The Rick Perry Indictment Conundrum

by Benjamin Studebaker

Earlier today, I was asked for my opinion on the Rick Perry indictment. Texas Governor Rick Perry was indicted for abusing official capacity and coercing a public servant. Is there anything to the charges?

The indictment concerns Perry’s treatment of democrat Rosemary Lehmberg, the district attorney for Travis County, Texas.

Travis Country includes Austin, the capital, and consequently the district attorney’s office in Travis County operates a Public Integrity Unit. This unit handles tax fraud and government corruption in the state government. The city of Austin is quite left-leaning as Texan cities go, so the district attorney for Travis County is almost always a democrat. Consequently the Public Integrity Unit in Texas is very nearly always run by democrats, to the enduring chagrin of Texas republicans. Republicans mistrust the Public Integrity Unit and suspect it of political motivations.

In 2013, Lehmberg was arrested for drunk driving. Perry (and many other Texans) called for Lehmberg’s resignation. Lehmberg’s defenders claimed that Lehmberg should not resign because, despite this misstep, she is a really good lawyer. Perry and the other Texas republicans had a strong interest in getting Lehmberg to resign, because if she resigned they could appoint a republican district attorney to finish off her term.

As it happened, Lehmberg refused to resign. This is where it gets interesting. In response, Perry threatened to veto $7.5 million in funding for the Public Integrity Unit unless Lehmberg resigned. When Lehmberg once again refused to resign, Perry went through with the veto, saying:

Despite the otherwise good work of the Public Integrity Unit’s employees, I cannot in good conscience support continued state funding for an office with statewide jurisdiction at a time when the person charged with ultimate responsibility of that unit has lost the public’s confidence.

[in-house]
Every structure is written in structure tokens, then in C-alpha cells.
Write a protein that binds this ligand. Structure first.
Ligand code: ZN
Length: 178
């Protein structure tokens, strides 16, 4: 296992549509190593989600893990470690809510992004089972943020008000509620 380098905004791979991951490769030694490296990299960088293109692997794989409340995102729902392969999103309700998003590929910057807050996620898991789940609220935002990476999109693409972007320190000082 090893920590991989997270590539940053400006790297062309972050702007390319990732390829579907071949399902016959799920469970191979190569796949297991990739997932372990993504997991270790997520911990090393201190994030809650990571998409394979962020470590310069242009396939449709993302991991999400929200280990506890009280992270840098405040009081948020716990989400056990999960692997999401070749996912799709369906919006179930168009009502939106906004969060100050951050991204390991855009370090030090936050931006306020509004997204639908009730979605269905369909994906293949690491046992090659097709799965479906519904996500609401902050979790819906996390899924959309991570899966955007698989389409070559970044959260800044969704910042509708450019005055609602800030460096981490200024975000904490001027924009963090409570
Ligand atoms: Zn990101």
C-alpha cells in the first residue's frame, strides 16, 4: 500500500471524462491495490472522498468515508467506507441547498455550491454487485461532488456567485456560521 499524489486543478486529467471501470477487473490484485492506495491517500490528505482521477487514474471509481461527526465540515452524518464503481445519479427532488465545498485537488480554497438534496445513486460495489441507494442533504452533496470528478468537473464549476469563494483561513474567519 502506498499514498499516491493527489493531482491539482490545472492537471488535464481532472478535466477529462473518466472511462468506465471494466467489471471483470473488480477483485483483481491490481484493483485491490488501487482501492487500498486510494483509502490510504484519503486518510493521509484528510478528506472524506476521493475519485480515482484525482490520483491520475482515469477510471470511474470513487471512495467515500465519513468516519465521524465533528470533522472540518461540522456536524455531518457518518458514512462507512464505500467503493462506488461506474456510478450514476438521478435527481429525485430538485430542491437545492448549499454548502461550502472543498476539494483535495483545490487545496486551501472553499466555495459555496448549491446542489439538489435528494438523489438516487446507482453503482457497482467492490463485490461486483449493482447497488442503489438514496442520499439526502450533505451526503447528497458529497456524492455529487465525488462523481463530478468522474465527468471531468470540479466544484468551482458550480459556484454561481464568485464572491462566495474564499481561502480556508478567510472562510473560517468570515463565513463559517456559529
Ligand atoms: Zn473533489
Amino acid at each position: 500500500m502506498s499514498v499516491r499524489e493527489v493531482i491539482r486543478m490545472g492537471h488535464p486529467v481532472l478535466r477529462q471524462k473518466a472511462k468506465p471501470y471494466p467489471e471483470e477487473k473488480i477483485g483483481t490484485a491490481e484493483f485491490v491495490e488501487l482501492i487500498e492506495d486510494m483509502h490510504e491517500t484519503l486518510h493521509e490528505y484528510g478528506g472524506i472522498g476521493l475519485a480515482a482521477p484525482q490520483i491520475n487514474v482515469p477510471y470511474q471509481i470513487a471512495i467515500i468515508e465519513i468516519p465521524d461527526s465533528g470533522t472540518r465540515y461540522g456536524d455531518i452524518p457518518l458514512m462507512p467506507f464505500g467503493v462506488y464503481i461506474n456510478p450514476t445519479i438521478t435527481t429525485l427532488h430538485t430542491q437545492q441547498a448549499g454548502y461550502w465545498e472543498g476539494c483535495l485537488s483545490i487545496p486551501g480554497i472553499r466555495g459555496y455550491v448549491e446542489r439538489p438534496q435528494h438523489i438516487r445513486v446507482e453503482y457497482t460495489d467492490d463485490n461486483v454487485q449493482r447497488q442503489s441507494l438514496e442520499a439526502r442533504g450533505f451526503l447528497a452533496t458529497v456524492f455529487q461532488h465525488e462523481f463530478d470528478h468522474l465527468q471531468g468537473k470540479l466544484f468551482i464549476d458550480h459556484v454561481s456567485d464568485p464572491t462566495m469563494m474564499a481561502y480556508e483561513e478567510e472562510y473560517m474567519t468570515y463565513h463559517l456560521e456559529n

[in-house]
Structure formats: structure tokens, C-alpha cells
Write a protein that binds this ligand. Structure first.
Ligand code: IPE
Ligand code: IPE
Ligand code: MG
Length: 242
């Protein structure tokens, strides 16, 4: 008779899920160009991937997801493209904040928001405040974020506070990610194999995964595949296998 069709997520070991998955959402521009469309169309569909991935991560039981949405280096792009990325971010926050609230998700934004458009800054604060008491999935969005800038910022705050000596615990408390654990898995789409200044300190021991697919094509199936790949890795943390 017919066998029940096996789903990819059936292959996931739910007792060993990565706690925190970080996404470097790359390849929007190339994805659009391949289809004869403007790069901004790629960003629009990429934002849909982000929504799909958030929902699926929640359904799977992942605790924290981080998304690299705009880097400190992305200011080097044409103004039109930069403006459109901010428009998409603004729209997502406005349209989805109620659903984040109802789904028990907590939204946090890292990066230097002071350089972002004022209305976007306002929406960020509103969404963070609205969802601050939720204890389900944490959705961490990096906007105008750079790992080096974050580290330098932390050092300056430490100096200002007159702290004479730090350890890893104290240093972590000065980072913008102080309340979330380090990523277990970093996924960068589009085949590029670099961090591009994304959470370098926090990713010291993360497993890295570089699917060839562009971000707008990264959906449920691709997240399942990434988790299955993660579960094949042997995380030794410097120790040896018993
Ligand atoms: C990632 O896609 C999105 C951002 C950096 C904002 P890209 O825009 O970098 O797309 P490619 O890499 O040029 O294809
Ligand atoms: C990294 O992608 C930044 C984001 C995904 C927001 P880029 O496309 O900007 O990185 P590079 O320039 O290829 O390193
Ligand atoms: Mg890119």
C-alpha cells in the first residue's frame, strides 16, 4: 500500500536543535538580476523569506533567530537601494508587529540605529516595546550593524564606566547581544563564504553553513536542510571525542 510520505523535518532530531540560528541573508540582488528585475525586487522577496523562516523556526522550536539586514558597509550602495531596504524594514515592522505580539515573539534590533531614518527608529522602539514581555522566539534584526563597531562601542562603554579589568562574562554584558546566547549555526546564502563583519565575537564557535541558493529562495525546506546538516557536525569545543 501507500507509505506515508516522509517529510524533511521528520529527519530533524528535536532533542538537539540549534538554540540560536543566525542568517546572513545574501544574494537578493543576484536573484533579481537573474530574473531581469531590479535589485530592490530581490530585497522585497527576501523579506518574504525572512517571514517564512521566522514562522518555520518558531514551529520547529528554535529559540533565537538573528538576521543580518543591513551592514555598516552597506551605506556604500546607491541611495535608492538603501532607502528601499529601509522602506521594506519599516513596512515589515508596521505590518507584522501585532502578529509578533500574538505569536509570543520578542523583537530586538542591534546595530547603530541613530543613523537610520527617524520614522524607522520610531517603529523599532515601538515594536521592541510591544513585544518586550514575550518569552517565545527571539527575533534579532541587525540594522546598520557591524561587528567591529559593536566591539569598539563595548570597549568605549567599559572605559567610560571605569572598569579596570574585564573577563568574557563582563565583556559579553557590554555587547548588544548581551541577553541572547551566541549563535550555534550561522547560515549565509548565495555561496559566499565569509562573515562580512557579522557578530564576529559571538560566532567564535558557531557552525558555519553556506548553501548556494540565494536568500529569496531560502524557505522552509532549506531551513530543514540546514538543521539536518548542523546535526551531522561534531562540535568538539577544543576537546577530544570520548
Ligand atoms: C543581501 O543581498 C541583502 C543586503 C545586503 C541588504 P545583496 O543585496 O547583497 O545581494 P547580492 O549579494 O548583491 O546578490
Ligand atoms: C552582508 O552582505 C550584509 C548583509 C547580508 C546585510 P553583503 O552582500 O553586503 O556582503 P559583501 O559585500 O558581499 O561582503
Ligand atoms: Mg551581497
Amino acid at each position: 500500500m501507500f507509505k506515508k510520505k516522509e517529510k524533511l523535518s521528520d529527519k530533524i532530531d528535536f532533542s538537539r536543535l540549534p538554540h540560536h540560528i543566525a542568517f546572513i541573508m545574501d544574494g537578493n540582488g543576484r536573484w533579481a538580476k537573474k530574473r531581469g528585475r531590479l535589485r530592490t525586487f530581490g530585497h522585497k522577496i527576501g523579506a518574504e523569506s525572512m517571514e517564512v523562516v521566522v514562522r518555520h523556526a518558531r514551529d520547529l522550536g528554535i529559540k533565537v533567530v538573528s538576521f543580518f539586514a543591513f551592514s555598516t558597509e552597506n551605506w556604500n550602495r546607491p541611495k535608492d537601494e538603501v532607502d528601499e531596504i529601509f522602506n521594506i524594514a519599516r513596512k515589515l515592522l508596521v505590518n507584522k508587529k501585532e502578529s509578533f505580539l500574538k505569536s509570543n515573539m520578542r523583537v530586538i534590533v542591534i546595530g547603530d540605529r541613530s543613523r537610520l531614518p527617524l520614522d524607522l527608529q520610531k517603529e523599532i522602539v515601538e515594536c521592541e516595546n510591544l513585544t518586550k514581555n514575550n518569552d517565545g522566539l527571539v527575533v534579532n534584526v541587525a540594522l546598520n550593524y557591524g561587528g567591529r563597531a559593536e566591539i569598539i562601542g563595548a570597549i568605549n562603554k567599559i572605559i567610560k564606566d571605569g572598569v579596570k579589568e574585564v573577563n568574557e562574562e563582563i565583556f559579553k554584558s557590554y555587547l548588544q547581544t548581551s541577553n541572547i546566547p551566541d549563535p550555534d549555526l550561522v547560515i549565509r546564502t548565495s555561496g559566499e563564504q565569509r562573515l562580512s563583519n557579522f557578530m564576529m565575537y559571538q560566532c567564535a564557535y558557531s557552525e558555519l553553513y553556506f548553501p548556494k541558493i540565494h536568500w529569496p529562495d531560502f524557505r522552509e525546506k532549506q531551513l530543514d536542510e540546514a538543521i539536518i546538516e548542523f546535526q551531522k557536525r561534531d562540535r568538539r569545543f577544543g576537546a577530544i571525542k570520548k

In sum, the indictment accuses Perry of using Lehmberg’s drunk driving arrest as a pretext to use his power as governor to attempt to coerce her into resigning. Specifically, the law in question says:

A person commits an offense if by means of coercion he influences or attempts to influence a public servant in a specific exercise of his official power or a specific performance of his official duty or influences or attempts to influence a public servant to violate the public servant’s known legal duty.

According to the state of Texas, “coercion” means:

a threat, however communicated to:

(A) to commit an offense;

(B) to inflict bodily injury in the future on the person threatened or another;

(C) to accuse a person of any offense;

(D) to expose a person to hatred, contempt, or ridicule;

(E) to harm the credit or business repute of any person; or

(F) to take or withhold action as a public servant, or to cause a public servant to take or withhold action.

If Perry coerced Lehmberg, it was via F–he took or withheld action as a public servant. Can government officials refuse to approve funding for things as a bargaining chip to extract concessions from one another? In particular, can a governor use his veto for that purpose?

We certainly see something like this all the time in House of Cards, and it’s easy to see how this might happen within a legislature. Say we have two congressman–Frank, who is part of his party’s congressional leadership, and Bob, who is a rank and file member of the party. Frank wants to get Bob to vote the party line on a piece of legislation that funds a government program. Bob might demand that Frank include in the legislation some kind of inducement (e.g. funding for a job-creating project in Bob’s district). If Frank refuses to include this inducement, Bob may threaten to refuse to vote for the bill. Frank might then respond by telling Bob that if he doesn’t vote for the bill as is, the party’s national committee will refuse to support him in the upcoming election. In this case, both Frank and Bob have threatened to block funding for something if they do not get what they want from one another.